The enduring stereotype of the unskilled illegal immigrant is being turned on its head as a first generation of students without American citizenship graduates from U.S. colleges this spring. Nine states now have laws that permit illegal immigrants to pay resident tuition to attend a public college; the first law was introduced in Texas in 2001. In terms of enrollment, immigrants are treated the same as American students -- except that they're not allowed to find work once they graduate.
Tito Guerrero, president of Stephen F. Austin State University in Nacogdoches, Texas, is worried about the unprecedented situation. "We have been living blissfully for four years," he told the Wall Street Journal. "Now these kids are graduating, and I don't know what to tell them."
Under current federal law, companies can sponsor a skilled foreign worker for a green card, but skilled illegal immigrants who were trained at American colleges will still be shut out. They've paid thousands of dollars of in-state tuition, but can't even get a paid internship. Now, another six states are considering legislation to admit such students who have already gone to high school in the U.S. (by law, all students are entitled to attend elementary and secondary school for free). The Dream Act, due to be reintroduced by Republican Sen. Orrin Hatch of Utah, would make minors who attend college or join the armed services eligible for permanent residency, provided they had arrived in the U.S. at least five years prior and had also attended an American high school.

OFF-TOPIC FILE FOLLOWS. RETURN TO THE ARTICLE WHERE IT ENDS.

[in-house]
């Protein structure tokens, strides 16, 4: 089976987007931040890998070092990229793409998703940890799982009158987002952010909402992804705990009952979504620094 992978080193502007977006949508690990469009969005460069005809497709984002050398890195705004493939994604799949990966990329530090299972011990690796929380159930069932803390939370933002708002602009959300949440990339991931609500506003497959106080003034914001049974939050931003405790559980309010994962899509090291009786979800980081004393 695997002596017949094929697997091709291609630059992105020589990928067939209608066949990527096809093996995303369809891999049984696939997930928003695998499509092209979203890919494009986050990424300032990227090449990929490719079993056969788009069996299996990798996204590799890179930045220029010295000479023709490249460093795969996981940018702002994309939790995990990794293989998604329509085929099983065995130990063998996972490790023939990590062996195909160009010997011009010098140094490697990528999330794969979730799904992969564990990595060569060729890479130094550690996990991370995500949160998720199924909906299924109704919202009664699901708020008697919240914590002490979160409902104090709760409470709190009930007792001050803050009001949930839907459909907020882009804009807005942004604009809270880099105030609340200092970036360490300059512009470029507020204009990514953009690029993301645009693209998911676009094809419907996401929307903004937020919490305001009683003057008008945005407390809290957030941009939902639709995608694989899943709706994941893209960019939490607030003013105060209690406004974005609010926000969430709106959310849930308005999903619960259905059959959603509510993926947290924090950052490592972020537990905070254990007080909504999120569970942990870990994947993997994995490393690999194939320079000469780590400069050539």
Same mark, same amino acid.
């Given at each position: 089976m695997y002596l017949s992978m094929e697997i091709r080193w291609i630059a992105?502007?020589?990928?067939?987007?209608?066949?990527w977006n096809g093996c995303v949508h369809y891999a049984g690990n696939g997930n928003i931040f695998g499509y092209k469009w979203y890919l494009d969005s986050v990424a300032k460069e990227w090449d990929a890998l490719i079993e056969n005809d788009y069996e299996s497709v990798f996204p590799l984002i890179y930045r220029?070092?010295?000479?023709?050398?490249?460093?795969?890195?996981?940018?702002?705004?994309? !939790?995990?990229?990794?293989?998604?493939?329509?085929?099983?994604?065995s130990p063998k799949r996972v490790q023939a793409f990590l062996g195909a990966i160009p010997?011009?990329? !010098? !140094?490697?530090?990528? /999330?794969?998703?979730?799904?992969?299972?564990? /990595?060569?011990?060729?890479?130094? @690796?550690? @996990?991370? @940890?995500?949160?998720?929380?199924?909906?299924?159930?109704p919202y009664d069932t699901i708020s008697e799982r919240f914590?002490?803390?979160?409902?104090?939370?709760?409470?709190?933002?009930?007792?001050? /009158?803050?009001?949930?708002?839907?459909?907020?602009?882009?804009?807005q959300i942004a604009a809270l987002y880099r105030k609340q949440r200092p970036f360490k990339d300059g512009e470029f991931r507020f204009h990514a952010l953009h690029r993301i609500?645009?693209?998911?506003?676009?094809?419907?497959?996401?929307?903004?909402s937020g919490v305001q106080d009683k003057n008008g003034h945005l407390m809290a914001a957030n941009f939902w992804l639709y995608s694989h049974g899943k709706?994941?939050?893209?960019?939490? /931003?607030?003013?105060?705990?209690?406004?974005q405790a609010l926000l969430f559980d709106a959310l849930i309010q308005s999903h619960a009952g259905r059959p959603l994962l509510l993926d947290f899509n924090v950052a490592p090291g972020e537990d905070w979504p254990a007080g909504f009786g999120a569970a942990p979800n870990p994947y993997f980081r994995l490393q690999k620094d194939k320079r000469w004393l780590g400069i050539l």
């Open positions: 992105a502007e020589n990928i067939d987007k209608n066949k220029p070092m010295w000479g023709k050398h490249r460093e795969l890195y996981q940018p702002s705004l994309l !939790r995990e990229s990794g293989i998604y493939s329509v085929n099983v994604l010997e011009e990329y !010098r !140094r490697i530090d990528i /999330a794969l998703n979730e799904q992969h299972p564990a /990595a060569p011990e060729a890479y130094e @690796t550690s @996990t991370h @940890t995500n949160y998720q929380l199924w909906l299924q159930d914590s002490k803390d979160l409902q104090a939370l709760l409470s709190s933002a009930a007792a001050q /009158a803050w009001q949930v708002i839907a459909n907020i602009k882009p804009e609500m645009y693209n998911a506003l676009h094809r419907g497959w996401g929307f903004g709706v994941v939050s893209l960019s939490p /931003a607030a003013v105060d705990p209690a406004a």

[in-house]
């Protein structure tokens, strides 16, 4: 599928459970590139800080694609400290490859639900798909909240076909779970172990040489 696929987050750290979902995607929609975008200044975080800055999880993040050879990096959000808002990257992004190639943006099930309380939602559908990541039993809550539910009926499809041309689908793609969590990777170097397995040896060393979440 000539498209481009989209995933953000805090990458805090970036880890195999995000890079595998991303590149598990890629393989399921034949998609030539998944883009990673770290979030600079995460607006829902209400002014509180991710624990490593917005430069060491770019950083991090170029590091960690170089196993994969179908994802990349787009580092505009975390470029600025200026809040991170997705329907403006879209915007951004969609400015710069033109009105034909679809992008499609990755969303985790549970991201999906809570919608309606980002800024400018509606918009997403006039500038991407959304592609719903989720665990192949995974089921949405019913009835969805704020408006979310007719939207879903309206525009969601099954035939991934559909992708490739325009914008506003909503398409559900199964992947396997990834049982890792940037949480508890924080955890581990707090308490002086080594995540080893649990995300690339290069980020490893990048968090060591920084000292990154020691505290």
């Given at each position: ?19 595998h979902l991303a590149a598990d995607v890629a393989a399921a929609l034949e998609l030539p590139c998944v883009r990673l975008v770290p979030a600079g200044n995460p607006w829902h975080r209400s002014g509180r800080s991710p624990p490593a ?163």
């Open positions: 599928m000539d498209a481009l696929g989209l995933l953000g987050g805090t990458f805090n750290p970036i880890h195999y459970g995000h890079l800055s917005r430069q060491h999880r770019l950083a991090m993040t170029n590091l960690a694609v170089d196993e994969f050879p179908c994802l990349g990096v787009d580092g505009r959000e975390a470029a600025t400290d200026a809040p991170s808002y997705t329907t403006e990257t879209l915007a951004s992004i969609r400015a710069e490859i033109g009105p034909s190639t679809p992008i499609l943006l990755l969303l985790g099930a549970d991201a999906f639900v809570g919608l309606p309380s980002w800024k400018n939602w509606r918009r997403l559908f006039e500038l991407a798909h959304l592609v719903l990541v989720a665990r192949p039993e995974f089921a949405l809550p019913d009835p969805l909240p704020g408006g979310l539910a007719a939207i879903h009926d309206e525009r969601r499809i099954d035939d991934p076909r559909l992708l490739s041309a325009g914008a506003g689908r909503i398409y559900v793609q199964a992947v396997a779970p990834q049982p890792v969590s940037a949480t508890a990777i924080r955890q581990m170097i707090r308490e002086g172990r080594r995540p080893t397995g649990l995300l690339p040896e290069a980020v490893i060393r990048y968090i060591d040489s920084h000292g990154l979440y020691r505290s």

Sen. Hatch introduced the first version of the Dream Act in 2001. The most recent version had strong bipartisan support, but given the tempestuous debate over immigration, the bill may continue to be stalled.
Critics of the law say taxpayers shouldn't be burdened with tuition for illegal immigrants. "We can't hold taxpayers accountable to providing discounted education to people in this country illegally," Republican Rep. Steve King of Iowa told the Wall Street Journal. King acknowledged that such students would be likely to pay more taxes as professionals than as blue-collar workers if they remained in the U.S. Still, he said, "we can't make economic arguments" in favor of illegal immigration.
It may be too late for that. Illegal immigrants have already proven to be among the most reliable contributors to the nation's coffers -- through Social Security and Medicare taxes deducted from their payrolls after they submit fake Social Security numbers to gain employment. (Not to mention the vast, inexpensive labor force they supply for American agricultural and service industries.) Legions of illegal workers, arguably indispensable to the U.S. economy, continue to have to circumvent labor laws -- and for now, the new, better-educated graduates will have to do the same.